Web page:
By Tiffeny Owens
The Cullman Times
The state’s new gun law aimed at clarifying existing regulations on when and where citizens can carry firearms will take effect Thursday, Aug. 1.
SB 286 revamped guidelines creates an appeal process for those denied pistol permits by county sheriffs and allows employees to carry guns in their vehicles at work as long as they are kept unloaded, out of sight and secured in a locked compartment.
Cullman County Sheriff Mike Rainey said it will not change the way his office issues permits. However, he expects the law could be “tweaked” and “adjusted” as it is enforced.
“There’s some vague areas in the law that I think may have issues and challenges going forward because it all depends on how you interpret the law,” Rainey said.
Earlier this year, Rainey joined other local and state law enformcent officials who voiced serious concerns with an original version of the law which did away with a sheriff’s authority to deny a concealed carry permit and a ban on firearms at public demonstrations. Those provisions were later removed from the law that was eventually enacted.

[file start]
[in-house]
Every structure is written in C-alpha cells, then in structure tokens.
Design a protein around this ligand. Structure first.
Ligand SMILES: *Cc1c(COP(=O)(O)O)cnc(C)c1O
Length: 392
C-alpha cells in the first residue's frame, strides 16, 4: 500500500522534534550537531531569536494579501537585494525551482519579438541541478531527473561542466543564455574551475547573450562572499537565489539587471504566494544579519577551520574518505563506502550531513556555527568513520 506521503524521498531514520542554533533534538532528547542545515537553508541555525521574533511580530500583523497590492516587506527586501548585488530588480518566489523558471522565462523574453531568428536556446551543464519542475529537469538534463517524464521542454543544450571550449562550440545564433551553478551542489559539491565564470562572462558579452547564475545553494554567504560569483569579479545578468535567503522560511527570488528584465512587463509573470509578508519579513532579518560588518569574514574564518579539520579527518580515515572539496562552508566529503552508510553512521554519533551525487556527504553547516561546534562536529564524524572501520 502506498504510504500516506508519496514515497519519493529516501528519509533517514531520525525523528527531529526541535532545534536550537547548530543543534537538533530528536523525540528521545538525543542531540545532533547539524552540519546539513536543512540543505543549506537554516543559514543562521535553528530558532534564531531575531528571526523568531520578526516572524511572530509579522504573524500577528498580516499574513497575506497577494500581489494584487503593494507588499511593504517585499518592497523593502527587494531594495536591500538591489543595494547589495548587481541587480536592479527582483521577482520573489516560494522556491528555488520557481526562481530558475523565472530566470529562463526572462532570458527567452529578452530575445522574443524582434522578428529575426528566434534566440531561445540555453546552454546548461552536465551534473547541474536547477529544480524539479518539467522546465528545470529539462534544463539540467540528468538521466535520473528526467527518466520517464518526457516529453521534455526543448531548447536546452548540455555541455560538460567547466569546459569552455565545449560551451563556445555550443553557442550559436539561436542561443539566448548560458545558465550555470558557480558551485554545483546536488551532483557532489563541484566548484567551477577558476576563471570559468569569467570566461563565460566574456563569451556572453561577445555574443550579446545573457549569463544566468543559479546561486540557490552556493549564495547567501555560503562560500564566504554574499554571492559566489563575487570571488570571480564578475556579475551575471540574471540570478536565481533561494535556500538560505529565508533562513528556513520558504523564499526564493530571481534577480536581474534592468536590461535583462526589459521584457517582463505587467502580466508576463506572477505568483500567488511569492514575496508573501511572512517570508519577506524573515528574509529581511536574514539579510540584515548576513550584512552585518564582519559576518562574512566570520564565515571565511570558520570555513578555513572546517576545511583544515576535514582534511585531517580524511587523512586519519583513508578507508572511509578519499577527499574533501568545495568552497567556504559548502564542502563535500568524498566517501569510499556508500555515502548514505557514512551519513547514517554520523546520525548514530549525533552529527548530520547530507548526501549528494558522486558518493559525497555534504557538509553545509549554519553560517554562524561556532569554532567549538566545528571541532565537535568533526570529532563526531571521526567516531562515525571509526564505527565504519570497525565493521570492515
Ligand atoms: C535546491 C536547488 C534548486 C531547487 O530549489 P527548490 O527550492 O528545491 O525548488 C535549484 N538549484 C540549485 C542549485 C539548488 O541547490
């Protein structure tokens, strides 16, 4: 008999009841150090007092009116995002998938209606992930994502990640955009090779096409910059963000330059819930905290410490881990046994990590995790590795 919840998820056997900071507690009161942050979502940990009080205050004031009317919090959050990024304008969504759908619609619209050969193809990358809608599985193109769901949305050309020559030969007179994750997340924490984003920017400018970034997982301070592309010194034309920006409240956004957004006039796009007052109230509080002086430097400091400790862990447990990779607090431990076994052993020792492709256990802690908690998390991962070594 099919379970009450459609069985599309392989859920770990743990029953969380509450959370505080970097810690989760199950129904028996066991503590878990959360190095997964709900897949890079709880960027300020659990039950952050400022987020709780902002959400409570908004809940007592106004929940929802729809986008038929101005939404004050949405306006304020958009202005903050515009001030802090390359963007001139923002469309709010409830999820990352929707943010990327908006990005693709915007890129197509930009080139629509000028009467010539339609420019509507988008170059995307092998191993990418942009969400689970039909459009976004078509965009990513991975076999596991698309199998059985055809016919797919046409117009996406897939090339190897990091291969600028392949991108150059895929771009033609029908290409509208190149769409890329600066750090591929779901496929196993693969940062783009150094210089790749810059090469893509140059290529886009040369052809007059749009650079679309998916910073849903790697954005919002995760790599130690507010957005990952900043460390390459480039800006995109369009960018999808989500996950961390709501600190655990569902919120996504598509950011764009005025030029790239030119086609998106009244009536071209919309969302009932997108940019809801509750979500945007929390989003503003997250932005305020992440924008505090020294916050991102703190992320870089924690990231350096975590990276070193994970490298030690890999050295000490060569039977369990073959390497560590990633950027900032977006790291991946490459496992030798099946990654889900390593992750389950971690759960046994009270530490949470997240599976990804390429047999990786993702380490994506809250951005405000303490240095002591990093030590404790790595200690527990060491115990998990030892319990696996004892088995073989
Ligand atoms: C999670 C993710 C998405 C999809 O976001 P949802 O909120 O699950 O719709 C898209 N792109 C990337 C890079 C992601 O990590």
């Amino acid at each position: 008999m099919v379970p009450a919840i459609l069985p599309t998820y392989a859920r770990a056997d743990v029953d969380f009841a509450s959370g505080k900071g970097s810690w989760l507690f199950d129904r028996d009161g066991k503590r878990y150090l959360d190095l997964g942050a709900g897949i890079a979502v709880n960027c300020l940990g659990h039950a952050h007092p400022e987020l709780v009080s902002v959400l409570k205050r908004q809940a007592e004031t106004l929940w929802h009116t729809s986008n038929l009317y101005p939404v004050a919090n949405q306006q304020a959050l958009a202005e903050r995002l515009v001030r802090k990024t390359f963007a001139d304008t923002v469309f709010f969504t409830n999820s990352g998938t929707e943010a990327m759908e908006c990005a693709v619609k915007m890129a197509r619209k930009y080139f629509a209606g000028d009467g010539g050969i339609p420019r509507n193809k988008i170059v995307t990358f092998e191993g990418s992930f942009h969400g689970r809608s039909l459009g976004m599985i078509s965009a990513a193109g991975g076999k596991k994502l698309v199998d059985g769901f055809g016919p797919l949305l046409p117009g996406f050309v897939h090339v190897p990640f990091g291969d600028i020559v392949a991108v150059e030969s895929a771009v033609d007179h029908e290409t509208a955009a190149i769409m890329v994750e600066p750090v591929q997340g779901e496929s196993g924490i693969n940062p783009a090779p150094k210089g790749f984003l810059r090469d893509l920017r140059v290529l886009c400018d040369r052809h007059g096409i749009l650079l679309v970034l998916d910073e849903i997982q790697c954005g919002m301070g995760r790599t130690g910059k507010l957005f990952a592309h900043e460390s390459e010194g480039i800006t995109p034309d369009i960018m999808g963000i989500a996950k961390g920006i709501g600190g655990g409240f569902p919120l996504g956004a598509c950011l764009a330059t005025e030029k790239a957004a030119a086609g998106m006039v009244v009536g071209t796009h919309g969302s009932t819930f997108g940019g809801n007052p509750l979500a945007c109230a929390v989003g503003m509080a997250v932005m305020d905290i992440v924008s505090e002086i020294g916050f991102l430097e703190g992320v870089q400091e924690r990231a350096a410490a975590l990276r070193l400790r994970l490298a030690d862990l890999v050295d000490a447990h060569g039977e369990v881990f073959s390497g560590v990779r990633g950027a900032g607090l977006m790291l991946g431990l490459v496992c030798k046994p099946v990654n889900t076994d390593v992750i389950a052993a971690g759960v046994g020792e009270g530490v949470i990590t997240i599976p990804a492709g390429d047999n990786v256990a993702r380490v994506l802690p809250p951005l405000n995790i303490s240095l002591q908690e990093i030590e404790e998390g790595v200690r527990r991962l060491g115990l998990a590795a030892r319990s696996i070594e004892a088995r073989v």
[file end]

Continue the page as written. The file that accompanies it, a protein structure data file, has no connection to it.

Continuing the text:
“Overall, I am comfortable and can live with the law that was passed,” Rainey said. “I think every law abiding citizen should be able to protect themselves and their family.”
Rainey said his office will follow the same policy of checking a person’s criminal background before issuing a permit. Those convicted of Class A felonies, some Class B felonies, including drug distribution or manufacturing, and domestic violence will be denied, along with those who have protection from abuse orders issued against them.
“The process we have of issuing permits is a good filter,” Rainey said. “I’ve never denied anyone who shouldn’t have been denied one. We take issuing pistol permits very seriously because we do not want firearms getting into the wrong hands.”
The sheriff’s office issued 9,844 pistol permits last year, he said. Permits are $15 each, and the revenue is part of the sheriff’s discretionary budget which is to be used to serve a law enforcement purpose.
Rainey said two provisions of the new law will be particulary beneficial to citizens: pistol permits can now be purchased with debit and credit cards and will be good for up to five years after approved and fees are paid.
Rep. Ed Henry, R-Hartselle, who sponsored the legislation said he believed the new gun regulations clarified the state’s existing laws on firearms that were causing confusion and problems.
“I think it strikes the right balance of ensuring people’s right to protect themselves while safeguarding public safety from a law enforcement stand point,” Henry said.
* Tiffeny Owens can be reached at firstname.lastname@example.org or 256-734-2131, ext. 135.